Lonsdale belt bid unlikely as Tommy Ward has eyes on world level bouts
Tommy Ward admits he's unlikely to try and win his Lonsdale belt outright.
The Hartlepool-trained fighter defended his super-bantamweight British title for the first time at Newcastle’s Metro Radio Arena on Saturday night, comfortably outpointing challenger Sean Davis, of Birmingham.
Ward would have to win two more fights at this level to get the belt for keeps, but he thinks he’s already outgrown domestic fights, and his eyes on a much bigger prize.
"It's up to (Frank) Warren, my trainer, etc, but I think I am better than British class. I would like to test myself," he said.
"I am not a manager or a promoter.
"What are my ambitions? I want to be world champion.
"I want to fight the best out there. I don’t care if I punch his head in or he punches mine in – I just want to know that I fought the best in their prime."
Ward’s speed, elusiveness and swiftness on the counter ultimately proved the difference on the night.
A cut suffered just above the right eye in the sixth did little to slow Ward’s progress, as the judges scored the contest 117-112, 118-111, 118-111.
And after the bout he admits the fight was just what the doctor ordered.
"It was a hard 12 rounds – the first of my career," said Ward, who had 15 stitches in two cuts above his right and left eye after the bout.
"Maybe I fought a couple of times when I should have been boxing but it was a learning fight for me.
"At the end of the day my boxing skills were superior - skills pay the bills."
On the same bill Glenn Foot felt like he was robbed of decision as his quest to become IBF European super-lightweight champion was derailed.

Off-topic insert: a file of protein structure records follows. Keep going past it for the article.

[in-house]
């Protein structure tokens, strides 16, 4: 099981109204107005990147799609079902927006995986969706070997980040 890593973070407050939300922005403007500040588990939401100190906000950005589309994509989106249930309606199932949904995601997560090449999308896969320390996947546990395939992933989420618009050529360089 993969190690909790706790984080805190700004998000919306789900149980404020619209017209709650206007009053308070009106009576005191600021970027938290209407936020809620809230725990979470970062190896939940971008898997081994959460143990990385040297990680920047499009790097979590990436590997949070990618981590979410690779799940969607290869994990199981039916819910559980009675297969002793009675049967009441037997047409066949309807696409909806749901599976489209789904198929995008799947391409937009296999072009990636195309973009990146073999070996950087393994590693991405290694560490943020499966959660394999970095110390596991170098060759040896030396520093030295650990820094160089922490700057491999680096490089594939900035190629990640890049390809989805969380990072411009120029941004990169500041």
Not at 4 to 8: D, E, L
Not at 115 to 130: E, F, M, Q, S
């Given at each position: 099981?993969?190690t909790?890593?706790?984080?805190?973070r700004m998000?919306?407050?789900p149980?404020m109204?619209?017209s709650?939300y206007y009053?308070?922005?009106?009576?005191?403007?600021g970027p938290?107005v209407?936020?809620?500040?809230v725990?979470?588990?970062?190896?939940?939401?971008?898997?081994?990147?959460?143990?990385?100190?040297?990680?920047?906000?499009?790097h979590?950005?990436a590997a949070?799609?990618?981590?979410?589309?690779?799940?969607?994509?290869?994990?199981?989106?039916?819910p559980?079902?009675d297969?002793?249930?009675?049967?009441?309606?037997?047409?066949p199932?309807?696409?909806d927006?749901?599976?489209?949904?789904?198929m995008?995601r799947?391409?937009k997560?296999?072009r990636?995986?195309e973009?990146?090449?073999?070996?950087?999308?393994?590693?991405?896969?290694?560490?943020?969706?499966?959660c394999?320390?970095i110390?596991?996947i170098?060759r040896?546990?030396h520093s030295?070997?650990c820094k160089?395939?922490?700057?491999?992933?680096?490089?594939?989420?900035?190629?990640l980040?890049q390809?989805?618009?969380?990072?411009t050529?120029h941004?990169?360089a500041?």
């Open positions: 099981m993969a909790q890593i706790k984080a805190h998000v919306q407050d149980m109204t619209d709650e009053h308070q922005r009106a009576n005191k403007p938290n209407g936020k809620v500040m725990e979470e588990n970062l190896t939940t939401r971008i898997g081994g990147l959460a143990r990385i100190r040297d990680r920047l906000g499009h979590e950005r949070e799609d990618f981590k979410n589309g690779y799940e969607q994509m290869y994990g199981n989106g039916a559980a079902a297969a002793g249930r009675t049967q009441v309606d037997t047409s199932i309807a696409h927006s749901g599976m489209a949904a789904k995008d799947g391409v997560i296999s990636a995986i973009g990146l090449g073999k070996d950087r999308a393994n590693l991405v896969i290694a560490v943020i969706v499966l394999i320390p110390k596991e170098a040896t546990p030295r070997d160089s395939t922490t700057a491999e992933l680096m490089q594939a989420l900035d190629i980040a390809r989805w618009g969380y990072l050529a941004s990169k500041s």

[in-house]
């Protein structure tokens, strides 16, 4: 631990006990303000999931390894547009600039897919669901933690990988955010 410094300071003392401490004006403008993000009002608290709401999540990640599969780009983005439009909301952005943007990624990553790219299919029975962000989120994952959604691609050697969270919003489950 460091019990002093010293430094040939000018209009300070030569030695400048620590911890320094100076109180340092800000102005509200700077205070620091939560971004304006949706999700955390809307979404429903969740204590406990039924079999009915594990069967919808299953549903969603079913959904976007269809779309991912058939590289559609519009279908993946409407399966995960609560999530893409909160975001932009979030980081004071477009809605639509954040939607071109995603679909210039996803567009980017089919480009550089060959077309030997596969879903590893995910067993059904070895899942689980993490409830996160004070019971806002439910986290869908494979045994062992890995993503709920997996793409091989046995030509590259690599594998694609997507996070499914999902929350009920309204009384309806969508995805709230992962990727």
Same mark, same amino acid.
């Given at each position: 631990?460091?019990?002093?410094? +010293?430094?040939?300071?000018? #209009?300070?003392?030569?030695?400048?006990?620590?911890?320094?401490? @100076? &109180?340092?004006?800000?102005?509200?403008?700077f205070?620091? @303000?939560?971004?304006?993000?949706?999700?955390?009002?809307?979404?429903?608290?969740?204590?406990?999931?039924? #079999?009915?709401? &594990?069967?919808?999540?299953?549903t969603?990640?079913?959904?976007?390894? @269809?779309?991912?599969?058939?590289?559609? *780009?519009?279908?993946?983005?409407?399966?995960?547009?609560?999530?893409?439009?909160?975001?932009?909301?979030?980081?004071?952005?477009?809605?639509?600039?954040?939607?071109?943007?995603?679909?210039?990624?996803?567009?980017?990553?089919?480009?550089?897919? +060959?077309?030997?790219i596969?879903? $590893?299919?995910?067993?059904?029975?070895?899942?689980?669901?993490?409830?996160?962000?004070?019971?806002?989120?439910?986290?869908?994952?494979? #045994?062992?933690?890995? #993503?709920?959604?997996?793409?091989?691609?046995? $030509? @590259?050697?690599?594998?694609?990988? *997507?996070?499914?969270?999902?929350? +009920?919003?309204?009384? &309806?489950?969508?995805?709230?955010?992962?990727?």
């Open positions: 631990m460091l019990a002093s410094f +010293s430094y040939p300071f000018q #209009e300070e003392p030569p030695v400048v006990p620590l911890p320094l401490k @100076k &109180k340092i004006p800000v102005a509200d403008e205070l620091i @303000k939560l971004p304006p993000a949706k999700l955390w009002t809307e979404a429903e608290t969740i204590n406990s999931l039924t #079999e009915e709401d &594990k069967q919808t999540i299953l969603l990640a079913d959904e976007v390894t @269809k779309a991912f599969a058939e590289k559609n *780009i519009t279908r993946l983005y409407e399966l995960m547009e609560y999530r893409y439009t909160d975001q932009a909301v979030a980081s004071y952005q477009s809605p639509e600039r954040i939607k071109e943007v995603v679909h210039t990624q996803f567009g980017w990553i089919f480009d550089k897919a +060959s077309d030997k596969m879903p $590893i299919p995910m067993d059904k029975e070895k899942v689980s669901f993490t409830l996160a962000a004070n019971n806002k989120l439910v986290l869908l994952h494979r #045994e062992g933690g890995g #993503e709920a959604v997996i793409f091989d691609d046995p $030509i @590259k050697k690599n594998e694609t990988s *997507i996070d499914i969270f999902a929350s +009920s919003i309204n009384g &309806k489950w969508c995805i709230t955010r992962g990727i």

The Sunderland fighter was controversially outpointed by Guisborough’s Josh Leather.
In the contender for fight of the night, Foot dominated the opening exchanges, dropping the titlist in the second round with a shattering right.
Foot then piled on the pressure, going toe-to-toe with the younger man, forcing him into the kind of fight he wanted.
But the tide turned in the sixth when Foot was deducted a point for hitting after the break.
A lot of the meaningful stuff was landed by Foot with the flashier combinations coming from Leather.
In the 10th Foot’s knockdown of Leather was ruled out when he was deducted another point for repeatedly losing his gumshield.
Leather looked to shade the final rounds, which carried favour with the judges who scored it 114-111, 113-112, 115-110 in favour of Leather.
"I gave it everything. I honestly thought I had won it," said Foot.
"I know that I won the first nine rounds."
Foot added: "He was rubbish. He has got no power.
"He was flinging all of these flashy shots but there was no power there. I know I was hurting him with everything."